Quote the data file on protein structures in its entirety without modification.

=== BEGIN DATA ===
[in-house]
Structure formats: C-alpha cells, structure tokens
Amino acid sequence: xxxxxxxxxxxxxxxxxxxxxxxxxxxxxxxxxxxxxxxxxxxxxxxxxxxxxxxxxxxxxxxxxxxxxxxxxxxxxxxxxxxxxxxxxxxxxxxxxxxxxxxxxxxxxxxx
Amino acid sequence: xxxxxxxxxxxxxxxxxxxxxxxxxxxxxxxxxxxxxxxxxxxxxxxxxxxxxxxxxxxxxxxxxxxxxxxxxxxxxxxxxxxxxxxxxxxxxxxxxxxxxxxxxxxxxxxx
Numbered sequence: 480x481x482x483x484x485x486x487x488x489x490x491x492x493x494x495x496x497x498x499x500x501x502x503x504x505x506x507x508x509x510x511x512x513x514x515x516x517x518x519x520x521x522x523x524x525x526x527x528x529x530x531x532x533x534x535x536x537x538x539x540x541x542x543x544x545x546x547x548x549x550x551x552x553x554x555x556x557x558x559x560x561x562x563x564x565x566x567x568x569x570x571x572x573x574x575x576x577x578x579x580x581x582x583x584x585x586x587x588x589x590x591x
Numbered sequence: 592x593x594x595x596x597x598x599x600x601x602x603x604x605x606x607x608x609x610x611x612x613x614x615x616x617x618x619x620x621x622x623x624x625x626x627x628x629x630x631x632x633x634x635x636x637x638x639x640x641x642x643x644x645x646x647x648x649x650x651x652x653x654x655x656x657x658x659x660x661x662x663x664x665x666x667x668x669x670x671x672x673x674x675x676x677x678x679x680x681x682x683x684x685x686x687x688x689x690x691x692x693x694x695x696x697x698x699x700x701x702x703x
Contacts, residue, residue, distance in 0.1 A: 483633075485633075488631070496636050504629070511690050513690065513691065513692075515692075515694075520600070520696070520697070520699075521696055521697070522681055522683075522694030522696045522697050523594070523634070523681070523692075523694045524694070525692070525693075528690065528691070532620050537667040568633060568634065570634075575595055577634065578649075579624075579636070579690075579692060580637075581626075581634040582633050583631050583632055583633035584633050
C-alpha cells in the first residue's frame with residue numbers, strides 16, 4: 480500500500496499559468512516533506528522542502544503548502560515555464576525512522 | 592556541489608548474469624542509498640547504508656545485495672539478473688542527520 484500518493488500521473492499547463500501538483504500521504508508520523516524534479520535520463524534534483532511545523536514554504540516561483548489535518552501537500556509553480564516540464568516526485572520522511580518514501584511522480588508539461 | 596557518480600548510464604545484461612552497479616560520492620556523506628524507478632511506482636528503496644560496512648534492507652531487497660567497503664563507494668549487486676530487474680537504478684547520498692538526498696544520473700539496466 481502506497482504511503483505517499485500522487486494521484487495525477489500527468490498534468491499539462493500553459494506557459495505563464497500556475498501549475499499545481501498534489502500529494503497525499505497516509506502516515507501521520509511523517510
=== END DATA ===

[in-house]
Structure formats: C-alpha cells, structure tokens
Amino acid sequence: xxxxxxxxxxxxxxxxxxxxxxxxxxxxxxxxxxxxxxxxxxxxxxxxxxxxxxxxxxxxxxxxxxxxxxxxxxxxxxxxxxxxxxxxxxxxxxxxxxxxxxxxxxxxxxxx
Amino acid sequence: xxxxxxxxxxxxxxxxxxxxxxxxxxxxxxxxxxxxxxxxxxxxxxxxxxxxxxxxxxxxxxxxxxxxxxxxxxxxxxxxxxxxxxxxxxxxxxxxxxxxxxxxxxxxxxxx
Numbered sequence: 480x481x482x483x484x485x486x487x488x489x490x491x492x493x494x495x496x497x498x499x500x501x502x503x504x505x506x507x508x509x510x511x512x513x514x515x516x517x518x519x520x521x522x523x524x525x526x527x528x529x530x531x532x533x534x535x536x537x538x539x540x541x542x543x544x545x546x547x548x549x550x551x552x553x554x555x556x557x558x559x560x561x562x563x564x565x566x567x568x569x570x571x572x573x574x575x576x577x578x579x580x581x582x583x584x585x586x587x588x589x590x591x
Numbered sequence: 592x593x594x595x596x597x598x599x600x601x602x603x604x605x606x607x608x609x610x611x612x613x614x615x616x617x618x619x620x621x622x623x624x625x626x627x628x629x630x631x632x633x634x635x636x637x638x639x640x641x642x643x644x645x646x647x648x649x650x651x652x653x654x655x656x657x658x659x660x661x662x663x664x665x666x667x668x669x670x671x672x673x674x675x676x677x678x679x680x681x682x683x684x685x686x687x688x689x690x691x692x693x694x695x696x697x698x699x700x701x702x703x
Contacts, residue, residue, distance in 0.1 A: 483633075485633075488631070496636050504629070511690050513690065513691065513692075515692075515694075520600070520696070520697070520699075521696055521697070522681055522683075522694030522696045522697050523594070523634070523681070523692075523694045524694070525692070525693075528690065528691070532620050537667040568633060568634065570634075575595055577634065578649075579624075579636070579690075579692060580637075581626075581634040582633050583631050583632055583633035584633050
C-alpha cells in the first residue's frame with residue numbers, strides 16, 4: 480500500500496499559468512516533506528522542502544503548502560515555464576525512522 | 592556541489608548474469624542509498640547504508656545485495672539478473688542527520 484500518493488500521473492499547463500501538483504500521504508508520523516524534479520535520463524534534483532511545523536514554504540516561483548489535518552501537500556509553480564516540464568516526485572520522511580518514501584511522480588508539461 | 596557518480600548510464604545484461612552497479616560520492620556523506628524507478632511506482636528503496644560496512648534492507652531487497660567497503664563507494668549487486676530487474680537504478684547520498692538526498696544520473700539496466 481502506497482504511503483505517499485500522487486494521484487495525477489500527468490498534468491499539462493500553459494506557459495505563464497500556475498501549475499499545481501498534489502500529494503497525499505497516509506502516515507501521520509511523517510